When Ory Zik was the CEO of HelioFocus, he had trouble finding a simple metric to use to tell people about the efficiency of the company’ssolarsystem taking into account the entire resource chain compared to other sources of energy.

To fill what he saw as a gap in the corporate sustainability industry, Zik founded Energy Points, which recently closed $3 million in Series A financing led by Plan B Ventures to launch what the company is calling the first universal metric for measuring sustainability.

“The problem is when we think about sustainability, people don’t have any quantitative way to think about it,” said Zik. “We’re lacking the Weight Watchers points for sustainability.”

Of course, there are already a variety of models and programs that produce sustainability ratings for energy and water use. Companies like SAP, IBM and IHS have sophisticated offerings that can track carbon emissions, energy or water efficiency and ultimately dollar savings when a company makes changes related to its business processes or infrastructure.

But in the boardroom, Zik said that it’s simply not enough. Most people, including CEOs, can’t really wrap their head around a ton of CO2 or kilowatt-hours, just as many people choose Weight Watchers points for its simplicity over calorie-counting.

Additionally, the price of electricity often does not accurately reflect other factors, such as if the energy comes from renewables or fossil fuels. The true price of water is often not reflected in the cost to customers, said Zik. He noted that people in Massachusetts often pay more than those in water-constrained New Mexico.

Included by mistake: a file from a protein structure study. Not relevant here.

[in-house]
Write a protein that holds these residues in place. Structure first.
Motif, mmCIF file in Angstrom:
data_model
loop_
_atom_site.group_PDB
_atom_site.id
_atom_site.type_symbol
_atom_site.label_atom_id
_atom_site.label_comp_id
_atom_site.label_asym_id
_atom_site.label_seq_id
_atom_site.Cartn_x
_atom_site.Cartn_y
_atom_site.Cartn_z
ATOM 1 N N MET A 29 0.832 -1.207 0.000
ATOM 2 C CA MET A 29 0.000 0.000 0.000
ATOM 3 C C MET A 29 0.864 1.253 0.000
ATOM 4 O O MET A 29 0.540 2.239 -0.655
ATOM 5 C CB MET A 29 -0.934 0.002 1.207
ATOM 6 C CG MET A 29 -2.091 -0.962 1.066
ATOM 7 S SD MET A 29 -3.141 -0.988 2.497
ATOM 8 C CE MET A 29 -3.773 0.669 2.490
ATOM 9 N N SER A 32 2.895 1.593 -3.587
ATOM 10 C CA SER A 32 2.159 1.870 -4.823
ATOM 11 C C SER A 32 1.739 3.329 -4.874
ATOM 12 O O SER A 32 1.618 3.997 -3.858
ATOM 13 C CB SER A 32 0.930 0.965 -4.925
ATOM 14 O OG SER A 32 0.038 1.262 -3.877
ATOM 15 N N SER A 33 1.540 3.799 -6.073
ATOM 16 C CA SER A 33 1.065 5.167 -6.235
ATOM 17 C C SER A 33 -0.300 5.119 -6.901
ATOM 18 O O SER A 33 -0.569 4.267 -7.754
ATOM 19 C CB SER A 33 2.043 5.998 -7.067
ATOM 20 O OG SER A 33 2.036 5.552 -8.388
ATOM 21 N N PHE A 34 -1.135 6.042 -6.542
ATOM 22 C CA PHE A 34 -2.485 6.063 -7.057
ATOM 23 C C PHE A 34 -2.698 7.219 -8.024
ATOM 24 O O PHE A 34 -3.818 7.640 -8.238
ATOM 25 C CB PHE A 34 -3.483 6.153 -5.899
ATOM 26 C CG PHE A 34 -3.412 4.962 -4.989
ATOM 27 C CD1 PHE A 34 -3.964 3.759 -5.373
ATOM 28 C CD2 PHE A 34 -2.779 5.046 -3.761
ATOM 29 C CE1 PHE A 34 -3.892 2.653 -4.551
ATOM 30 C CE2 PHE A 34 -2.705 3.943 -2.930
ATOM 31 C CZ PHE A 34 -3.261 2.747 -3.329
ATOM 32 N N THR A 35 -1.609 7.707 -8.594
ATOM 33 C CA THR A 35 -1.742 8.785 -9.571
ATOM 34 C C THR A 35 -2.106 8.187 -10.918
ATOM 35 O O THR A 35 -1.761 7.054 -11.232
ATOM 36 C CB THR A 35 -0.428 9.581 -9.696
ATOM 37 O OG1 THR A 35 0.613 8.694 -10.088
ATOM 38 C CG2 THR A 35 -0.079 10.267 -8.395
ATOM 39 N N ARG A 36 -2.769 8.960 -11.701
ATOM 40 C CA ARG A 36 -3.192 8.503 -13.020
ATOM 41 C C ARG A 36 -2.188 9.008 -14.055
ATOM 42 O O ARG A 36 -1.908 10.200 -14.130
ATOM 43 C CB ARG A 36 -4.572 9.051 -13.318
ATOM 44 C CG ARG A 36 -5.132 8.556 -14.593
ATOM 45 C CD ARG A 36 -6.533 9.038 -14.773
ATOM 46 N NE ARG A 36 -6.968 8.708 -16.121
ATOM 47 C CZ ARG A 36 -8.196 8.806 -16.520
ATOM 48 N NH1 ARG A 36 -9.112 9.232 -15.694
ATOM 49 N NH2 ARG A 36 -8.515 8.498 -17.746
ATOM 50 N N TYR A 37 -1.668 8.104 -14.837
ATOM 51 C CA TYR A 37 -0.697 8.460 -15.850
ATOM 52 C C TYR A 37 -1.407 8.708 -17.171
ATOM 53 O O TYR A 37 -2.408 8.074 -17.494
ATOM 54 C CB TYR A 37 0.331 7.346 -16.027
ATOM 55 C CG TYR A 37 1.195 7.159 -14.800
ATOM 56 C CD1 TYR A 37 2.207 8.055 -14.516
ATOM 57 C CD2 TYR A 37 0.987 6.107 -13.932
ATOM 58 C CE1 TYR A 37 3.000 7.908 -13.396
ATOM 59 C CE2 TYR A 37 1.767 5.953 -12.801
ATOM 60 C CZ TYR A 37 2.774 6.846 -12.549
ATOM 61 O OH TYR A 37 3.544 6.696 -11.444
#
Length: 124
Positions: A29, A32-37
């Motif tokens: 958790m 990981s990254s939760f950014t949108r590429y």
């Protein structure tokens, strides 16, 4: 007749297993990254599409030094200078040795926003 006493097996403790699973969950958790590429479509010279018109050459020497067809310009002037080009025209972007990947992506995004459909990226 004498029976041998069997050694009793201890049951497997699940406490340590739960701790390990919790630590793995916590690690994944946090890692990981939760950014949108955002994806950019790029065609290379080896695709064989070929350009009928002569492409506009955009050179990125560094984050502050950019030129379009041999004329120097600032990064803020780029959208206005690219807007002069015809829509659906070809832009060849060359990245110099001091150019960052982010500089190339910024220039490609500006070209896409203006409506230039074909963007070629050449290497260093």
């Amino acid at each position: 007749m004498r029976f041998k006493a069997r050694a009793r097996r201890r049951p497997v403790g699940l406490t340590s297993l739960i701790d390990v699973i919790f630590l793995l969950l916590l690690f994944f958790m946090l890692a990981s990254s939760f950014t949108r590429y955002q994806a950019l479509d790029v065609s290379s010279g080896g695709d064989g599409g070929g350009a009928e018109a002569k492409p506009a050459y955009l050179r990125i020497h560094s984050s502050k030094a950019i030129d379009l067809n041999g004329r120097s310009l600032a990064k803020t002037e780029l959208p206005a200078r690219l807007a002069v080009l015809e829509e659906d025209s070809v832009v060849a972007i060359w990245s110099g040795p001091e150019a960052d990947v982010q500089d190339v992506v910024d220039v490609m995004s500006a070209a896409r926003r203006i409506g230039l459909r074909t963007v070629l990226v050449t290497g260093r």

The result is a rich data set that boils every aspect of sustainability, from electricity and water to transportation, into a single common measurement: the equivalent of the energy embodied in a gallon of gasoline.

The Energy Points cloud-based platform not only takes into account regional variations, but also time differences. For water, it’s wet versus dry season; for electricity, peak versus off-peak.

The solution, which is being piloted with some Fortune 500 companies and government institutions, is not meant to usurp sustainability software that a company is already using. Instead, it’s meant to be an add-on that sustainability officers can use to make the case for improvements to other executives. “The higher value is not in reporting but in decisions,” said Zik. “What we allow them is quantification of different projects.”

Energy Points is in talks with software companies to integrate its offerings into the sustainability platforms. Rather than being an engine for compliance or cost reduction, Zik sees the value of Energy Points in the branding side of sustainability.

Coca-Cola wants to save water not because it’s too expensive, but because of branding,” he noted. “What we do is give companies the right context to brand it properly.”

Currently, the company sells the software-as-service on a per-transaction basis. Energy Points has data across the globe, but Zik admits there is a huge difference in the availability of information in the U.S. and Western Europe versus other locations like China or the Pacific Rim.

As the data sets continue to be filled in internationally, Zik hopes the platform could not just help companies meet sustainability goals but inform new business ventures, such as where to locate manufacturing or how different decisions could be conveyed to shareholders and the public.